Updating Some of My Photography Mantras (Podcast 593)

Blahylur - Auto White Balance

Updating Some of My Photography Mantras (Podcast 593)

Over the years, I developed a number of photography related mantras that seemed like a good idea at the time, but have since changed my thinking as my understanding gets better, the technology improves, and as the times change. Today I’m going to update a few of these mantras in case any of you still follow my thinking on these topics.

Before we start, I’d like to also mention that I released a couple of updates for our new Photographer’s Friend iOS app over the weekend, that adds the ability to hide and unhide neutral density filters, to keep a cleaner list of filters. I also introduced a bug that effects fresh installs, but I fixed that in the second update which was just released.

I really just wanted to mention that if you bought Photographer’s Friend, please make sure that you update it to version 2.2 to get some cool new features, and if you ever have problems with the app, tap on the Visit Technical Support Page link on the About page that I’ve added under the Help tab, and check for any Known Issues before taking the time to let me know. I’ll keep this updated so that you’ll know if a fix is on the way etc.

AWB No Longer Sucks

Anyway, the first of my mantras that I’d like to change is that Auto White Balance no longer sucks. Until maybe one or two generations of cameras ago, I really disliked Auto White Balance. I hated how I could be photographing the same scene, say make 10 different compositions, and the color of each and every one of my frames would be different.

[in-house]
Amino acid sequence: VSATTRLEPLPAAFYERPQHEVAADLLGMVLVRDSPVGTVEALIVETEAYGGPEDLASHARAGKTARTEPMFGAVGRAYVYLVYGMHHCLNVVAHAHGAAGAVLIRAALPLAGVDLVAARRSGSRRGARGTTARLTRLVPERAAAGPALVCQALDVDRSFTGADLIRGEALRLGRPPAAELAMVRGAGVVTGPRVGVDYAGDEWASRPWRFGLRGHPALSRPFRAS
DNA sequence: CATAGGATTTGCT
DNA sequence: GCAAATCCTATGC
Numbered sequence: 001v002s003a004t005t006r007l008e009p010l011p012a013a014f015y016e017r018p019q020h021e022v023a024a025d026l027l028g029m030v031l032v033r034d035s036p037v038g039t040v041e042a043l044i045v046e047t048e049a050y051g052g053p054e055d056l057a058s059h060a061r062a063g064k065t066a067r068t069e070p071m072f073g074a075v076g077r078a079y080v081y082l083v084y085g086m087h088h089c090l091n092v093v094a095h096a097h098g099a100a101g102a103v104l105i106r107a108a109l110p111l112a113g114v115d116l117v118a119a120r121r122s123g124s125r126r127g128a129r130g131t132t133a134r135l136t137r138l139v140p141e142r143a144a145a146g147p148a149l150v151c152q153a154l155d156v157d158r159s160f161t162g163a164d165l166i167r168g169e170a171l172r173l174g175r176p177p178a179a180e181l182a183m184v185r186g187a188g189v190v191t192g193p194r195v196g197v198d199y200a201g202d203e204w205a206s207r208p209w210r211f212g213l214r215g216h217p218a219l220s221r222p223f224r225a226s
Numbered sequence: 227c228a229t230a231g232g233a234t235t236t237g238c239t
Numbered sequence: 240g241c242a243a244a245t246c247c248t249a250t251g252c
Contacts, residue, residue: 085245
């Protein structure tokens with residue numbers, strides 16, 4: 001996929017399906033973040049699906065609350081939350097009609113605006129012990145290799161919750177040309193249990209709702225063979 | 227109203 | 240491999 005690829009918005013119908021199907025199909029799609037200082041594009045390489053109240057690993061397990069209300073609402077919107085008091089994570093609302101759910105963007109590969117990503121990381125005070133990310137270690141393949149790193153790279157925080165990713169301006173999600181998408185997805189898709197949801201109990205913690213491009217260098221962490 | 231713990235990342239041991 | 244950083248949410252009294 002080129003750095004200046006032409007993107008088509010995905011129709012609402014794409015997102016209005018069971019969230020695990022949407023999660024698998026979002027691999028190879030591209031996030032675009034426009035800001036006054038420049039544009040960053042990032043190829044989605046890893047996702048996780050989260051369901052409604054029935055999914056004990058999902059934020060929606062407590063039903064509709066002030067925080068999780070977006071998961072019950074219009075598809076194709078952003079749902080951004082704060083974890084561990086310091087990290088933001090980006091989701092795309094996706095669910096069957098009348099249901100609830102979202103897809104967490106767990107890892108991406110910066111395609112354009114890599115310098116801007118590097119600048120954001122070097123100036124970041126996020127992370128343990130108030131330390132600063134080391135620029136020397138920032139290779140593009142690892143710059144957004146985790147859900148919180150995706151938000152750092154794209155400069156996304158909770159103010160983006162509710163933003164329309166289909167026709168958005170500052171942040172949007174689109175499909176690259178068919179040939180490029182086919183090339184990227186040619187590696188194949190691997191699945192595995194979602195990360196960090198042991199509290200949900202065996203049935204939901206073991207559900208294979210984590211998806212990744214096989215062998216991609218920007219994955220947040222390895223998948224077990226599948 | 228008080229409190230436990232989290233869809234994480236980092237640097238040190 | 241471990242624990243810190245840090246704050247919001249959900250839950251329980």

In the early days of the digital SLR camera, I found myself spending time trying to make the color in each image look the same, and I hate wasting time in post processing doing things that should be easier, so I turned off Auto White Balance and stayed mainly in the Daylight preset for the next 15 years.

As the years have rolled by, the technology that we make our photographs with has improved in leaps and bounds. There is still a place for tools such as using X-Rite’s color charts to create profiles, and I have an episode coming up on this soon, but for my nature work, where totally accurate color isn’t always necessary, I think our cameras have gotten to the stage where they don’t need anywhere near as much help as they used to, to give us good enough color reproduction for most cases. Because of this, I now only create camera profiles to get totally accurate color specific situations.

Just over a year ago, while spending a weekend in a hotel room in Reykjavik going through my Greenland photographs, I looked through my images as I whittled down my selection, and realized that some of the images were a bit too cool color-wise. I ended up going through my set and adjusting the white balance to make my set look cohesive, and this felt very much like my initial experience 15 years earlier, going through correcting problems that arose from using Auto White Balance.

I had been adamant that I didn’t like Auto White Balance, but I don’t like to bury my head in the sand either, so I decided to shoot Iceland in Auto White Balance and see how it turned out. I think I forgot to change one of my cameras initially, but by the second day of the tour, I was shooting in Auto White Balance, and I really liked the results. 

One of the first photos from Iceland that made me realize how much I liked the AWB image better, was this photo (below) of caldera lake as we headed into the highland. Not my best photo but notice how natural the moss green colors are in this photograph, then look at the next image.

Blahylur - Auto White Balance

Blahylur – Auto White Balance

In Capture One Pro I changed the White Balance to the Daylight preset for this version (below) which is how I would have photographed it until that point. If necessary, click on the image to open it in the lightbox, and move back and forth with your mouse or arrow keys etc. to compare the two.

Blahylur - Daylight White Balance

Blahylur – Daylight White Balance

Although I don’t dislike the Daylight balance image, I think the AWB version is closer to how I recall the scene and feels more pleasing to look at because of the warmth in the tones.